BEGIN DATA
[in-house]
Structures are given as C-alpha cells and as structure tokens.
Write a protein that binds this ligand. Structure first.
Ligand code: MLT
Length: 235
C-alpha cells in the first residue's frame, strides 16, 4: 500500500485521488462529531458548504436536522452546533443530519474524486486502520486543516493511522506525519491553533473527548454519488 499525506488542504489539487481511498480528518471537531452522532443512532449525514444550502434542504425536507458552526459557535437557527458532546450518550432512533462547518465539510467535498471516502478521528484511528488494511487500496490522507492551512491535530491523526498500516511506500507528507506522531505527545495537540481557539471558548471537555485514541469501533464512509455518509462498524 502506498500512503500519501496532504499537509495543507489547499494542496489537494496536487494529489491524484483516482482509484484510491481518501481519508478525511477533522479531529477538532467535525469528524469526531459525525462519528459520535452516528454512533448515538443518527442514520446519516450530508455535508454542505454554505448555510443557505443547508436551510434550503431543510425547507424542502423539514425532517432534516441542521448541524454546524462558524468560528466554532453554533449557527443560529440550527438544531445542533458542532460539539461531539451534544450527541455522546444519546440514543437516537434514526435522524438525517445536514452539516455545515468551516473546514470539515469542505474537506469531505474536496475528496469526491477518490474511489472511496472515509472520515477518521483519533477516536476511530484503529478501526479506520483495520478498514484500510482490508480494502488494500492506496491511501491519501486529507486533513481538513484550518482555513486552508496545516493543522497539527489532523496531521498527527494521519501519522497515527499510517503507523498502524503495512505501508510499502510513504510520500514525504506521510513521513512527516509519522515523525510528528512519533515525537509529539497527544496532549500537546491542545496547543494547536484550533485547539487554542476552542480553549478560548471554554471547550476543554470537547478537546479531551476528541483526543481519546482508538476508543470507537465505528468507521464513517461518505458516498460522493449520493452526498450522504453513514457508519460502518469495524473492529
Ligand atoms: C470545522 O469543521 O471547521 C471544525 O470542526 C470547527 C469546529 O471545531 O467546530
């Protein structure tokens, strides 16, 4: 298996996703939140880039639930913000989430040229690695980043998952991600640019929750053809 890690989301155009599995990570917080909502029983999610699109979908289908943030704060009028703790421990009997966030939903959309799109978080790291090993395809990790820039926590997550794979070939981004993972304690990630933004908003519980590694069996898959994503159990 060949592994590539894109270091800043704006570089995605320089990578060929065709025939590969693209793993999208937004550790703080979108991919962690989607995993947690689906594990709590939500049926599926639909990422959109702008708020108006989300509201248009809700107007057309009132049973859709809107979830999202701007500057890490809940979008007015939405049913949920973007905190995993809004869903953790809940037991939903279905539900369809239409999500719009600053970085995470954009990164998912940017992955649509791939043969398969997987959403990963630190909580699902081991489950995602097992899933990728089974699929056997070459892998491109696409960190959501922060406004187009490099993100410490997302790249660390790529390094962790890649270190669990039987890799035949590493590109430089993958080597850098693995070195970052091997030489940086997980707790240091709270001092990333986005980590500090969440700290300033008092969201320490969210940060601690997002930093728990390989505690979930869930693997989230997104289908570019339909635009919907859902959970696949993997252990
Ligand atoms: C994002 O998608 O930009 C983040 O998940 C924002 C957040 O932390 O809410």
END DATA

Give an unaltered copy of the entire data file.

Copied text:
[in-house]
Structures are given as C-alpha cells and as structure tokens.
Write a protein that binds this ligand. Structure first.
Ligand code: MLT
Length: 235
C-alpha cells in the first residue's frame, strides 16, 4: 500500500485521488462529531458548504436536522452546533443530519474524486486502520486543516493511522506525519491553533473527548454519488 499525506488542504489539487481511498480528518471537531452522532443512532449525514444550502434542504425536507458552526459557535437557527458532546450518550432512533462547518465539510467535498471516502478521528484511528488494511487500496490522507492551512491535530491523526498500516511506500507528507506522531505527545495537540481557539471558548471537555485514541469501533464512509455518509462498524 502506498500512503500519501496532504499537509495543507489547499494542496489537494496536487494529489491524484483516482482509484484510491481518501481519508478525511477533522479531529477538532467535525469528524469526531459525525462519528459520535452516528454512533448515538443518527442514520446519516450530508455535508454542505454554505448555510443557505443547508436551510434550503431543510425547507424542502423539514425532517432534516441542521448541524454546524462558524468560528466554532453554533449557527443560529440550527438544531445542533458542532460539539461531539451534544450527541455522546444519546440514543437516537434514526435522524438525517445536514452539516455545515468551516473546514470539515469542505474537506469531505474536496475528496469526491477518490474511489472511496472515509472520515477518521483519533477516536476511530484503529478501526479506520483495520478498514484500510482490508480494502488494500492506496491511501491519501486529507486533513481538513484550518482555513486552508496545516493543522497539527489532523496531521498527527494521519501519522497515527499510517503507523498502524503495512505501508510499502510513504510520500514525504506521510513521513512527516509519522515523525510528528512519533515525537509529539497527544496532549500537546491542545496547543494547536484550533485547539487554542476552542480553549478560548471554554471547550476543554470537547478537546479531551476528541483526543481519546482508538476508543470507537465505528468507521464513517461518505458516498460522493449520493452526498450522504453513514457508519460502518469495524473492529
Ligand atoms: C470545522 O469543521 O471547521 C471544525 O470542526 C470547527 C469546529 O471545531 O467546530
């Protein structure tokens, strides 16, 4: 298996996703939140880039639930913000989430040229690695980043998952991600640019929750053809 890690989301155009599995990570917080909502029983999610699109979908289908943030704060009028703790421990009997966030939903959309799109978080790291090993395809990790820039926590997550794979070939981004993972304690990630933004908003519980590694069996898959994503159990 060949592994590539894109270091800043704006570089995605320089990578060929065709025939590969693209793993999208937004550790703080979108991919962690989607995993947690689906594990709590939500049926599926639909990422959109702008708020108006989300509201248009809700107007057309009132049973859709809107979830999202701007500057890490809940979008007015939405049913949920973007905190995993809004869903953790809940037991939903279905539900369809239409999500719009600053970085995470954009990164998912940017992955649509791939043969398969997987959403990963630190909580699902081991489950995602097992899933990728089974699929056997070459892998491109696409960190959501922060406004187009490099993100410490997302790249660390790529390094962790890649270190669990039987890799035949590493590109430089993958080597850098693995070195970052091997030489940086997980707790240091709270001092990333986005980590500090969440700290300033008092969201320490969210940060601690997002930093728990390989505690979930869930693997989230997104289908570019339909635009919907859902959970696949993997252990
Ligand atoms: C994002 O998608 O930009 C983040 O998940 C924002 C957040 O932390 O809410």